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The number of unemployed people in Levy County rose during January by three-tenths of a percent from December, bringing the county's unemployment rate to 9 percent, according to Workforce Connection, the region's reemployment agency.
Despite the rise, it's still good news when compared to a year ago when the unemployment rate was 10.3 percent, January 2011 when it was 11.9 and January 2010 when it was 13.0 — one of the worst months on record for the county. And the rate is still lower than shortly after the recession hit and unemployment was 10.1 in January 2009.
In Levy County, the labor force fell by 194 since December 2012 to 16,211, employment fell by 227 to 14,752 and the number of unemployed rose by 33 to 1,459. Over the year, the number of unemployed dropped by 252 from 1,711. In January 2011, the jobless rate was 11.9 percent with 2,012 people unemployed.
It was much the same story in Citrus and Marion counties which are part of Workforce Connection’s three-county region. The January regional unemployment rate was 9.1 percent, up 0.2 percent from December’s rate. But it was 1.9 percentage points lower than the same time last year and down nearly 4 percent since January 2011. Marion County posted an unemployment rate of 9.1 percent, up 0.2 percent over the month and Citrus County rose 0.4 percentage points to 9.3 percent.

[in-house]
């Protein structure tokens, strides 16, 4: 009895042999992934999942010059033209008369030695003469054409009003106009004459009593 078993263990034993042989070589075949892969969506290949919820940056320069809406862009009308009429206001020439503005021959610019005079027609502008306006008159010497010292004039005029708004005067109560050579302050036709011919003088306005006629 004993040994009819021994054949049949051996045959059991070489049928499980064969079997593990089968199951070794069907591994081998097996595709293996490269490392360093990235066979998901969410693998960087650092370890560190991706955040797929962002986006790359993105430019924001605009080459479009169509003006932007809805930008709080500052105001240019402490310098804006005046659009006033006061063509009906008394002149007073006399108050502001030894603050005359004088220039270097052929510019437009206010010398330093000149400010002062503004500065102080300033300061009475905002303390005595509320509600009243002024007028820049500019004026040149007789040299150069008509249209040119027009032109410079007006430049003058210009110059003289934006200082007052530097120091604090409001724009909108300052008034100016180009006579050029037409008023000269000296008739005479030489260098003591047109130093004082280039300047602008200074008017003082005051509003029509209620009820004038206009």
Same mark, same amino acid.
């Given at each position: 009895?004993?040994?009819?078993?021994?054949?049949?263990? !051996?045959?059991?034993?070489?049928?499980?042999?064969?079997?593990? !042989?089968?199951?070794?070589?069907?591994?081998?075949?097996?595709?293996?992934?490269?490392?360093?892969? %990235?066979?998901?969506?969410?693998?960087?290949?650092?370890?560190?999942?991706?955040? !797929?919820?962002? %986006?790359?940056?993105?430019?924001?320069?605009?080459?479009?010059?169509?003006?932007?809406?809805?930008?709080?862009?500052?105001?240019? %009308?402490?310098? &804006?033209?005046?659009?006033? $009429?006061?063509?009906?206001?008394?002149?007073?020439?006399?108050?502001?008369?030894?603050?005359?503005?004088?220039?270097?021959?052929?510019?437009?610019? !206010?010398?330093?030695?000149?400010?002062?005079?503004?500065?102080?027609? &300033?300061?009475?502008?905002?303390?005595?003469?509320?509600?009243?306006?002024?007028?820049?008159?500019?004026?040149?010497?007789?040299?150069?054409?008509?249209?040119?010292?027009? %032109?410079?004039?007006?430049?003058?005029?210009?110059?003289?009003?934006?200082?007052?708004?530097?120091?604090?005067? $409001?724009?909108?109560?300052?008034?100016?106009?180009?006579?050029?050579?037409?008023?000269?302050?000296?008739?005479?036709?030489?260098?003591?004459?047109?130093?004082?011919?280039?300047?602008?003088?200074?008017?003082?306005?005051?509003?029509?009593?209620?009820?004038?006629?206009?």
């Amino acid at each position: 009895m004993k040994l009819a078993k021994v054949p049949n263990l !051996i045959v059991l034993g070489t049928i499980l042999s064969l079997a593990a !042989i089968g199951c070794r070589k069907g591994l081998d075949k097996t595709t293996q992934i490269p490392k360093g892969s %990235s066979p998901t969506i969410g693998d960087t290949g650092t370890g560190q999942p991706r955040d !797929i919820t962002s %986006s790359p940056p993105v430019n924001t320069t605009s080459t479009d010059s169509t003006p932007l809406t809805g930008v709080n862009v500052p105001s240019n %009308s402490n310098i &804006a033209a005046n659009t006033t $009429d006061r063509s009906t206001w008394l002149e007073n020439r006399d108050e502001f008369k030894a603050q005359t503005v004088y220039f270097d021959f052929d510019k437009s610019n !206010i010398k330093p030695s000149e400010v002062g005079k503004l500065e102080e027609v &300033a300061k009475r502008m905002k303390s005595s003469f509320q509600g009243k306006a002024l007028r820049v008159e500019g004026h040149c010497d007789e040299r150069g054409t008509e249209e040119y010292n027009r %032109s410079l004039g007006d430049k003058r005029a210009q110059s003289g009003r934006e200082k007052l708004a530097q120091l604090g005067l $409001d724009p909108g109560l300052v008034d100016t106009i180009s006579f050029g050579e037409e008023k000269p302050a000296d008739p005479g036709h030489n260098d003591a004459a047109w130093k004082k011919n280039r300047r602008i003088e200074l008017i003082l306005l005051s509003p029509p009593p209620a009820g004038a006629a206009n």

Florida’s seasonally adjusted unemployment rate in January fell to 7.8 percent, the lowest since November 2008 when it was also 7.8 percent. The national rate was 7.9 percent in January.
Rusty Skinner, Workforce Connection’s CEO, said the slight uptick in unemployment is not alarming, and was experienced statewide. Fifty-one of Florida’s 67 counties posted an increase in jobless rates, 11 remained unchanged and only five dropped.
“Obviously they have done a benchmarking exercise, and that may account for some of this; also, these numbers typically reflect the seasonal declines as holiday hiring ends,” Skinner said. “We’ll know more when the February numbers come out next week.”
Skinner said that the month-to-month variations do not accurately reflect the positive gains.
“We are down almost 2 percent from where we were last year and we have had a number of recent announcements showing major economic development efforts and that’s very positive,” he said.
Rebecca Rust, the state Department of Economic Opportunity's chief economist, said what contributed to the higher unemployment rate for the local region a year ago was the “long-term weakness in construction and losses in information, government and retail trade.”
Nine major industries gained jobs over the year, led by trade, transportation and utilities and education and health services; professional and business services; manufacturing, financial activities, and leisure and hospitality; and mining, logging and construction, other services and government.
Information remained unchanged over the year.
Professional and business services; education and health services; financial activities; other services; and manufacturing grew faster in the metro area than the state over the year.